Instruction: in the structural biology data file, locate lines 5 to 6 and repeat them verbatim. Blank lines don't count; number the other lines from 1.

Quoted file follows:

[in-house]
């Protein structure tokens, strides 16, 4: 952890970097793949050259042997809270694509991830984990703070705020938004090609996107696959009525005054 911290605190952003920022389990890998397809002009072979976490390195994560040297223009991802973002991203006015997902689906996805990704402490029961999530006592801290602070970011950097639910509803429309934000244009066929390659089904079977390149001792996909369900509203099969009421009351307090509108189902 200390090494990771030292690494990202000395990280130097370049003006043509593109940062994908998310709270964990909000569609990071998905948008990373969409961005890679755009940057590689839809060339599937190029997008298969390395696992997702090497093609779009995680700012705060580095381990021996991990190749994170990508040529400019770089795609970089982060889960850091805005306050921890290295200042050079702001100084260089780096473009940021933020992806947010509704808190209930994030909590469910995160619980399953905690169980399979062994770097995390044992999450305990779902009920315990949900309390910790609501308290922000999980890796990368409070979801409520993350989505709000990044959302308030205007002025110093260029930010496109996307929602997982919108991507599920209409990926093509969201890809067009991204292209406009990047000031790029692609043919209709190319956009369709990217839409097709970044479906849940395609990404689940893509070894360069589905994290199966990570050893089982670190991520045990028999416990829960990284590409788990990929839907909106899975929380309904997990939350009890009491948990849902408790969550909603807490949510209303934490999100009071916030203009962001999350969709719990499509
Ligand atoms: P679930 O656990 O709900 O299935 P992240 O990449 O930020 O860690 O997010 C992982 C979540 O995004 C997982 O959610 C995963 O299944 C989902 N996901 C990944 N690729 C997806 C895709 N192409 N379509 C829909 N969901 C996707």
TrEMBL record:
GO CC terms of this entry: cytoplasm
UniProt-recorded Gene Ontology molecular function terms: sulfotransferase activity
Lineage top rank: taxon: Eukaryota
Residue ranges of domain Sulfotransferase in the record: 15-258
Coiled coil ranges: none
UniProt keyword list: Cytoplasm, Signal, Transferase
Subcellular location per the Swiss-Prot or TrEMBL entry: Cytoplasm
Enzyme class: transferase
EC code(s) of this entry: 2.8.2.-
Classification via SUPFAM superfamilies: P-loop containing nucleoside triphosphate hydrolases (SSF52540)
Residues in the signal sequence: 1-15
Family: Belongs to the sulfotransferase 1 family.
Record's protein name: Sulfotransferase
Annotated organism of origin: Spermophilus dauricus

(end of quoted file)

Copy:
GO CC terms of this entry: cytoplasm
UniProt-recorded Gene Ontology molecular function terms: sulfotransferase activity